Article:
Callback objects are created at runtime, using several functions from the Dexterity object function library. To create a callback, you must create the callback object, add methods and properties, and make the object available to other applications.
Use the DexObject_Create() function to create the callback object. This function returns a reference to the callback that is created. An application can have multiple callback objects, so you should store this callback reference in a location where it can be stored safely and easily retrieved. You will need to use the reference when you add properties and methods to the callback.
To add properties to the callback object, use the DexObject_AddProperty() function. Properties store specific data items in the callback object. Their values can be set or retrieved by both the Dexterity-based application and external applications accessing the callback object through COM.
To add methods to the callback object, use the DexObject_AddMethod() function. Methods on the callback object can be called from the Dexterity-based application, but are primarily called by other applications accessing the callback object through COM. Methods are the primary way other applications can initiate actions in your application.
When a method in the callback object is called, the corresponding user-defined function in the Dexterity-based application is run. The parameters for the method on the callback are determined by the parameters on the user-defined function that runs in response to the callback method. Use the following guidelines when specifying the parameter types for the user-defined function:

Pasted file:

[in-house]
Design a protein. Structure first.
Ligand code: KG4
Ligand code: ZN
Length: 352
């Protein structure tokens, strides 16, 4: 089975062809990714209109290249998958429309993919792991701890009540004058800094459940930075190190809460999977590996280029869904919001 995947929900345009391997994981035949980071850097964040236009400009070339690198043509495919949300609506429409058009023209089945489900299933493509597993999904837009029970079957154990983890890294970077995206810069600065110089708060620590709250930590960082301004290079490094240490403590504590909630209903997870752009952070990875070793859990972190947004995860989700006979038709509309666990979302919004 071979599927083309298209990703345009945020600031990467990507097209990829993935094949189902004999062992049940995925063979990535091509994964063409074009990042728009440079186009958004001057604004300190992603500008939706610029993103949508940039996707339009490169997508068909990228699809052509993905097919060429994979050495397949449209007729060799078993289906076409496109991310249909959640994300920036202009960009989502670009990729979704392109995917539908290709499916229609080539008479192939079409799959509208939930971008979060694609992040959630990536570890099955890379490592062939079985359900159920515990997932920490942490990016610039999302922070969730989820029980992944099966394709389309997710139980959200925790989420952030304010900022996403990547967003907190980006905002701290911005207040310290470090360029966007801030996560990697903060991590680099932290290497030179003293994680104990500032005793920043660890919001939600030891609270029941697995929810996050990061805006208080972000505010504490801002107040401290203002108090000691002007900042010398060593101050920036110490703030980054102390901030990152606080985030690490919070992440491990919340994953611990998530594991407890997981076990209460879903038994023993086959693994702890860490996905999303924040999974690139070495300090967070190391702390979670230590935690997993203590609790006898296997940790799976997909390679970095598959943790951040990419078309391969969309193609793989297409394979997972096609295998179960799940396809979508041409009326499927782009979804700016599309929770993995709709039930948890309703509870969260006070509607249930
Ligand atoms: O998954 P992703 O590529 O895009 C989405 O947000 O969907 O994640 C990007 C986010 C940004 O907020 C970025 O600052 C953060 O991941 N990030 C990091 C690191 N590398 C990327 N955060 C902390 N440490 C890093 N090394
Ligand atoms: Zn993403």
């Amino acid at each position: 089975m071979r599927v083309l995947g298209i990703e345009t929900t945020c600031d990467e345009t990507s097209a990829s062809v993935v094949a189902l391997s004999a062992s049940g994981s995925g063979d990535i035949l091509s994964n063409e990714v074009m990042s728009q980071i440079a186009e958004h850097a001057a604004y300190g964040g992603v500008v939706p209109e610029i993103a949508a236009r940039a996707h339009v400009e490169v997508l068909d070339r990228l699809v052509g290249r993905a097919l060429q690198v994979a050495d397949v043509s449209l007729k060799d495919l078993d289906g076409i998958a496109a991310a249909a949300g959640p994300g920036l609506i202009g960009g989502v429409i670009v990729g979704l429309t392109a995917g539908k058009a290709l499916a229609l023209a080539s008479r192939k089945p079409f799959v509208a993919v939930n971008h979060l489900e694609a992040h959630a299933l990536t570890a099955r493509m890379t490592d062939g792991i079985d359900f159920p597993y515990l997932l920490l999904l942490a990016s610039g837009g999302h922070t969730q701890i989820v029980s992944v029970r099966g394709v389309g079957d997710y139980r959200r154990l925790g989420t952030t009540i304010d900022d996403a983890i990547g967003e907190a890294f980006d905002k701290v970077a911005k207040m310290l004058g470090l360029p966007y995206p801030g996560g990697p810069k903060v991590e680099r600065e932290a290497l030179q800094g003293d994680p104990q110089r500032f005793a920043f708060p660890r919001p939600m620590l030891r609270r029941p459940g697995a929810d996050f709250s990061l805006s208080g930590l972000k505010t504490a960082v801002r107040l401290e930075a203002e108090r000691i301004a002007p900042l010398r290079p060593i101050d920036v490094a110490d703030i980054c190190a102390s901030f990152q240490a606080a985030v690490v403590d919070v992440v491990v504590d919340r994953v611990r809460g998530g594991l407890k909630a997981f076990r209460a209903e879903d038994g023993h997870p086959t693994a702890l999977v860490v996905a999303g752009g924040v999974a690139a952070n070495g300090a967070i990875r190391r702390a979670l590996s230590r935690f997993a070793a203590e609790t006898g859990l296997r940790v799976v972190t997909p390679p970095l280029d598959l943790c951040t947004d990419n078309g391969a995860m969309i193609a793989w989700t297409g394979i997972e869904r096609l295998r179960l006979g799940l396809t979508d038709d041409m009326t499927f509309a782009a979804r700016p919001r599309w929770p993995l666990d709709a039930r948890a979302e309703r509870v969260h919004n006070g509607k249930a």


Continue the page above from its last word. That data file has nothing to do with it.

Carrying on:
To make the callback object accessible to other applications, you must add it to the running object table. The running object table is managed by the operating system. It maintains a list of all COM objects that can currently be accessed. Use the COM_RegisterRunningObject() function to add a callback object to the running object table. When you use this function, you specify the name that is given to the callback object. Use a name that describes the application that created the callback, as well as the purpose of the callback. Other applications must use this name to retrieve a reference to the callback object.
Note that other applications have no way of determining the name of any callback object, or the properties and methods that are part of the object. If you want other applications to be able to access the callback objects you create, you must provide documentation for the callback.
Be sure to include the following:
The user-defined function that runs in response to a COM method call is the code that actually performs the work of the method. Often, it’s useful to be able to access the callback object from within the user-defined function that is run for the method. To access the properties or methods for the current callback object, use the this statement.
You can also throw exceptions in the user-defined function associated with the method. Any exceptions you throw will be propagated back through COM to the application that called the method in the callback object. For example the following sanScript code in the user-defined function associated with a method will produce a COM exception. The value 1001 is passed as the exception class, and the value 1 is passed as the exception subclass.
throw 1001, 1, "User not logged in";
We recommend that you use values greater than 1000, but less than 32,767 for the exception class.
This example produces the following COM exception dialog in a Visual Basic application.
Notice that the exception class is passed in as the error number, while the exception subclass is enclosed in brackets and prepended to the exception message.